My dad was a fan. In fact Moon and The Magic Cottage are probably the only two novels I saw him read. Ever. Years later – when I read both of these for myself – I thought if that was as far as my dad dipped his toe into the library of books the world had to offer, he could have done a lot worse.
I read a dozen of Herbert’s novels, and while he didn’t hit the nail squarely on the head each time, he was one of the few authors I would keep going back to every now and then, because he could always be relied upon to deliver a good, solid story, and I knew that he was capable of great things. The Fog is one of my favourite books of any genre, and definitely in the top handful of horror tales I have ever read.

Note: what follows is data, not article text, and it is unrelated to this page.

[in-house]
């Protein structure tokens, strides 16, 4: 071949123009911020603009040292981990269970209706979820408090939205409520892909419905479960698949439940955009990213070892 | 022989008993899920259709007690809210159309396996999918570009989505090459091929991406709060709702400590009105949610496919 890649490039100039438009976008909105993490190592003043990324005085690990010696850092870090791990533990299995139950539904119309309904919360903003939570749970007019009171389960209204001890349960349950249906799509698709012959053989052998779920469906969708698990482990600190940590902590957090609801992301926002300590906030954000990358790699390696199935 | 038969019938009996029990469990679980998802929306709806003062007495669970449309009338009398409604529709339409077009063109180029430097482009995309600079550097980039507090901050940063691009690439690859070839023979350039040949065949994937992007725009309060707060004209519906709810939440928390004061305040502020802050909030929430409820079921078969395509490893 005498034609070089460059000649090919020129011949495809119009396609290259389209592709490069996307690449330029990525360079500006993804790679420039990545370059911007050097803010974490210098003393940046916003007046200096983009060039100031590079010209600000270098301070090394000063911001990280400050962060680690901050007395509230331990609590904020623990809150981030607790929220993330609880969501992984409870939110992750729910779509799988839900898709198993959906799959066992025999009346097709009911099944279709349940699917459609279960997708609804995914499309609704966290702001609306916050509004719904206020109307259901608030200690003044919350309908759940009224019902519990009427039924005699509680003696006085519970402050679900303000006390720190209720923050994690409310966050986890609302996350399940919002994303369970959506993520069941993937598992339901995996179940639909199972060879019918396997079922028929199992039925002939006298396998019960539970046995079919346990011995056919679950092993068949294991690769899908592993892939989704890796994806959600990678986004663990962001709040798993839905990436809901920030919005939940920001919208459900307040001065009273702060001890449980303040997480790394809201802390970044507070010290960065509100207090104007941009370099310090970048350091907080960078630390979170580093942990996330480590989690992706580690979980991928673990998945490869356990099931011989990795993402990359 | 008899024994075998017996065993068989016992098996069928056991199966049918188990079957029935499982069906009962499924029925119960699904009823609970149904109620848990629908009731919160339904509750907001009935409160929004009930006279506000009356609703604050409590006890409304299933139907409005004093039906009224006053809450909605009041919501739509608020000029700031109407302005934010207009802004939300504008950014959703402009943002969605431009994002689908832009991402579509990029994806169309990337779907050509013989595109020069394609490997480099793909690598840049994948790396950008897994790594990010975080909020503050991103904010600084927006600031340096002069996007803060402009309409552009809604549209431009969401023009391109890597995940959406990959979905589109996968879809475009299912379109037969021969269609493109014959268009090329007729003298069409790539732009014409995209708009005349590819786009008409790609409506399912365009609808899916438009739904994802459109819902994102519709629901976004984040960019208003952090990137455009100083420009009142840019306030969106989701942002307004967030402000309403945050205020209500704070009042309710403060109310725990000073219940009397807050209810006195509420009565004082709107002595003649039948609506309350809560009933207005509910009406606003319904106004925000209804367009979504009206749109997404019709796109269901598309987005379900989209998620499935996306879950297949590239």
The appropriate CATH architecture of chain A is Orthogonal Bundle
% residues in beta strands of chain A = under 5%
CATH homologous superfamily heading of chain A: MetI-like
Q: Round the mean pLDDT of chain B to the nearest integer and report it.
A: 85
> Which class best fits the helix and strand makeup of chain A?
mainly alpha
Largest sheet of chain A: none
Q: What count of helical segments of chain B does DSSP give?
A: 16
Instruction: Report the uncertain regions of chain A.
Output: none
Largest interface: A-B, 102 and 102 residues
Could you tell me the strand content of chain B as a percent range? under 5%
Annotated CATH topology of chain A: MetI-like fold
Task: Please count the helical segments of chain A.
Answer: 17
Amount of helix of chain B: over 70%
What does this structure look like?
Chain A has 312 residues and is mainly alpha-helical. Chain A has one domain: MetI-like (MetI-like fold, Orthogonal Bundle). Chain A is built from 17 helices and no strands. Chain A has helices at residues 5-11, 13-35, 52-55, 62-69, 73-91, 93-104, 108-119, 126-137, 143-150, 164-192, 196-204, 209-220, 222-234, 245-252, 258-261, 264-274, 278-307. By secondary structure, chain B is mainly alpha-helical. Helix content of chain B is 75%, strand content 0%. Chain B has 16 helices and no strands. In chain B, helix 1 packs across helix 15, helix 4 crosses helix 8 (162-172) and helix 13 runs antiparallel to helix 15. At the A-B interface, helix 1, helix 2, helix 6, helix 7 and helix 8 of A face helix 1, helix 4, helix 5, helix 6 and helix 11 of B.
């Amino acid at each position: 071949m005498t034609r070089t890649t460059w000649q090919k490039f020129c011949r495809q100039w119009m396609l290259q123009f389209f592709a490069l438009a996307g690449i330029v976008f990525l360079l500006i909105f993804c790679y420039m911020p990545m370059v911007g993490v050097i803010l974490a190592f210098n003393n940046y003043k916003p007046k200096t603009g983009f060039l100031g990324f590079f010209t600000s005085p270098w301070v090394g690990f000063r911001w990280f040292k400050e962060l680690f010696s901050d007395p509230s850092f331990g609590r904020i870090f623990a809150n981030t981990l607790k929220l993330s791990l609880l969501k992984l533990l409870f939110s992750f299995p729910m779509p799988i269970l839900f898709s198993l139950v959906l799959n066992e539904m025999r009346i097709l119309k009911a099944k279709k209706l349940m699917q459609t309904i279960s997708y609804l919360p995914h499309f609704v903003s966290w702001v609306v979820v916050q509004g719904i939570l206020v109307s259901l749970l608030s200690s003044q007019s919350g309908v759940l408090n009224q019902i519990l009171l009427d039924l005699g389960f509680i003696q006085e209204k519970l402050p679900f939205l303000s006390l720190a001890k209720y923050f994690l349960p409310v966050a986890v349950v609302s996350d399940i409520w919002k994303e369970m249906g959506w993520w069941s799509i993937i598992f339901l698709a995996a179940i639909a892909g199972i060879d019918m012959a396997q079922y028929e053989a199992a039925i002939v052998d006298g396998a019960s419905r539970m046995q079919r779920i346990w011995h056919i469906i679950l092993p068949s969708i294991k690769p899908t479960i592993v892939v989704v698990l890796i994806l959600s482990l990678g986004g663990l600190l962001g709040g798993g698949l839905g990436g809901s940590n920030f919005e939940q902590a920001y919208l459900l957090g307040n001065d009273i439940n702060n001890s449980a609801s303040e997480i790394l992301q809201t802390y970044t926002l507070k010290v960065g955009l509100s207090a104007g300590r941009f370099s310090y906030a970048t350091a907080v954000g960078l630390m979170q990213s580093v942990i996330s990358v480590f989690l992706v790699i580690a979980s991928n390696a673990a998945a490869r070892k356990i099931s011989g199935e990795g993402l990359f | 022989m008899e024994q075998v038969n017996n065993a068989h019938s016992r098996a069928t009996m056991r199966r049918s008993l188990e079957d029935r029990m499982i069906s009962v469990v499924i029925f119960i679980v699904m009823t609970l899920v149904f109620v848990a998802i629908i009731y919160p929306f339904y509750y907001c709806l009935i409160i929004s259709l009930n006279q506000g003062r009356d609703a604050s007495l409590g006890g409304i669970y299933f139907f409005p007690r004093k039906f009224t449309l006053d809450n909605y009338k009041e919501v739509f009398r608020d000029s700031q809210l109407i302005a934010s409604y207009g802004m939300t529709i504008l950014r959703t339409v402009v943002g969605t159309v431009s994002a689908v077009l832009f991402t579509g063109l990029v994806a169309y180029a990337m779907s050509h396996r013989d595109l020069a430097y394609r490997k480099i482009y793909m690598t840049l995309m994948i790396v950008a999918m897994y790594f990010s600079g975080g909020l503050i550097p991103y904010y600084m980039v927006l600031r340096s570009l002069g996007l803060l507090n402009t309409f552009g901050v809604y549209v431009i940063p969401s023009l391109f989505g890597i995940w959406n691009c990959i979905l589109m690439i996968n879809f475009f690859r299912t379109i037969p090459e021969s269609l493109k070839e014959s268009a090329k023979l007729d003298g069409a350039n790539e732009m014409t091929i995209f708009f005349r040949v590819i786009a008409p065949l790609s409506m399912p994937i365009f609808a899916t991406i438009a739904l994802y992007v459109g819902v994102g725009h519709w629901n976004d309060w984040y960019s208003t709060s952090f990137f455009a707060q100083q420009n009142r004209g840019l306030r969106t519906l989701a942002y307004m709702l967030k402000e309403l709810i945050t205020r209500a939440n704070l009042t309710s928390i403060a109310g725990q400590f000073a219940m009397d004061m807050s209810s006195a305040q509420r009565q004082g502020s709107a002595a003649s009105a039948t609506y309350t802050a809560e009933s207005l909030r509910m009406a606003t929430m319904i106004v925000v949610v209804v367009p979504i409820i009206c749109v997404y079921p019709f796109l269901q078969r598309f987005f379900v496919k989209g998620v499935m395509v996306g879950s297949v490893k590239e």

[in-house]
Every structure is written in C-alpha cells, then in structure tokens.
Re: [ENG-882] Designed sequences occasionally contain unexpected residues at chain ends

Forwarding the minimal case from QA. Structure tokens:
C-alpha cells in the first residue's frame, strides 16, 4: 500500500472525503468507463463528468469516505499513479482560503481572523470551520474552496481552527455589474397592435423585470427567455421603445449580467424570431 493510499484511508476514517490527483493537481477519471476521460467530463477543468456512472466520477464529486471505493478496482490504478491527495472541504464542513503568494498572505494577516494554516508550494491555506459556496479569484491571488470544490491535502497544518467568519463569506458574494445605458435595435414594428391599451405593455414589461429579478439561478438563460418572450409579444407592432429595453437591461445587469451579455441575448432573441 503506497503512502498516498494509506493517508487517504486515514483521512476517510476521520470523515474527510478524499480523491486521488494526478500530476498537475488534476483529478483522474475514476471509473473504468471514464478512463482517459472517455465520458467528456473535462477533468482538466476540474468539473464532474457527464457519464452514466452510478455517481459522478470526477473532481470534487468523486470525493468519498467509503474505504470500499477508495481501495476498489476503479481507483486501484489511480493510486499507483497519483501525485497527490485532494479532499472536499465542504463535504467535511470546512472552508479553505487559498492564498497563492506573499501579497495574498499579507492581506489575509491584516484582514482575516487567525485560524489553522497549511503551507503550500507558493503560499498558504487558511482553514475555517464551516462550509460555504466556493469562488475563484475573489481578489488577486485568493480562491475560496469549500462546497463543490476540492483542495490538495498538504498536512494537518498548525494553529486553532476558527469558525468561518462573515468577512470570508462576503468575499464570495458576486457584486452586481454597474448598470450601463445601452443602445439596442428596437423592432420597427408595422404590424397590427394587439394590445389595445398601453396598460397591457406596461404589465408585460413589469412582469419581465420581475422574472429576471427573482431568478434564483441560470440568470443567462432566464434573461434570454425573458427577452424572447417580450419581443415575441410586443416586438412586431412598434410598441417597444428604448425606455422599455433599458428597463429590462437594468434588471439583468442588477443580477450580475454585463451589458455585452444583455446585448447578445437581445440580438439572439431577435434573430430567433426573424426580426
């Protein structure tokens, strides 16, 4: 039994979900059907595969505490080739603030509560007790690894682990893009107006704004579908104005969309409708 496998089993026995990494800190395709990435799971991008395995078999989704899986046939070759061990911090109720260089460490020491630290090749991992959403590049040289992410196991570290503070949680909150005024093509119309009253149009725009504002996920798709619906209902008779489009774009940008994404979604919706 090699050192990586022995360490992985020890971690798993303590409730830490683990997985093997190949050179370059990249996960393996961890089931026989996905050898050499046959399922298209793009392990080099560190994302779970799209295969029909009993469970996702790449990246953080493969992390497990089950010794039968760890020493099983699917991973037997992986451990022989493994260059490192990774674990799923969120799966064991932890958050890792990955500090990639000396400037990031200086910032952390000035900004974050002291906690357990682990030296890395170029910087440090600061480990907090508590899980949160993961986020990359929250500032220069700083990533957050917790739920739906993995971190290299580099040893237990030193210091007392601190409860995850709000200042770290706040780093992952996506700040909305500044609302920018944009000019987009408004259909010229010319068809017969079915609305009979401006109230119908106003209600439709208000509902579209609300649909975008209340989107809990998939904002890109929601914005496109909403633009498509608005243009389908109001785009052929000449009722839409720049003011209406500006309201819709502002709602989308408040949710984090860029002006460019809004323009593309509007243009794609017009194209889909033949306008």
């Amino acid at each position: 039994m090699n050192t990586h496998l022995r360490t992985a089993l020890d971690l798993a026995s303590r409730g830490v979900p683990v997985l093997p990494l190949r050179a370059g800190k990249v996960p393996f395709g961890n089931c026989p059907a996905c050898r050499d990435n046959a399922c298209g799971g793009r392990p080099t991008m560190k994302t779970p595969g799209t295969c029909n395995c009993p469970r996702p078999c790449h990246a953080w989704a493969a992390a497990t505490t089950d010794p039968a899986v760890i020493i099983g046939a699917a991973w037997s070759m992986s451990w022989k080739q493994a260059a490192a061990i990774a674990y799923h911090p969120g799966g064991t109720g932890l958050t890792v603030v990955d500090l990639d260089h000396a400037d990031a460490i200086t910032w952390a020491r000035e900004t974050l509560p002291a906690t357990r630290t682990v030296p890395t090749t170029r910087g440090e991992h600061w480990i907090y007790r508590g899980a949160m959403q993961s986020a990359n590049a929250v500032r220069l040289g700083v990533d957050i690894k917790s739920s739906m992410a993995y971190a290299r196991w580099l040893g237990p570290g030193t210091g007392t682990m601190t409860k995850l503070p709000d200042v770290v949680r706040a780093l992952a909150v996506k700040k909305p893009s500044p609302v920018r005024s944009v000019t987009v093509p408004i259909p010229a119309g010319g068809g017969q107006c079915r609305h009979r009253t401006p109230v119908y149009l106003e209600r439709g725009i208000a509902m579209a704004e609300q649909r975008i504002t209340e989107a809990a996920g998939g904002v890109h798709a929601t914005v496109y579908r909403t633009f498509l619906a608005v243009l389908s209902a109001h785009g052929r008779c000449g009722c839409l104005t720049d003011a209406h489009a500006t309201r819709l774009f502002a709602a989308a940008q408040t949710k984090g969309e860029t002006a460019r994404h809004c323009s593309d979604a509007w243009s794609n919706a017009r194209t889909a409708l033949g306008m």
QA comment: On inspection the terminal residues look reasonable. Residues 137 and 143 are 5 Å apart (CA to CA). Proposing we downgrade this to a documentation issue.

He is often – unfairly, in my opinion – compared to Stephen King; partly because they both had their first novels published in 1974, but mostly because they both wrote broadly in the horror genre, albeit on opposite sides of the Atlantic pond. But the similarities really end there.
Herbert was (almost exclusively) a balls-to-the-wall horror writer, and he didn’t pull any punches with his prose. Having said that, he was never gratuitous just for the sake of it, and he didn’t care about cheap shocks either. He wrote it that way because that’s how he saw it, and I have always admired him for that.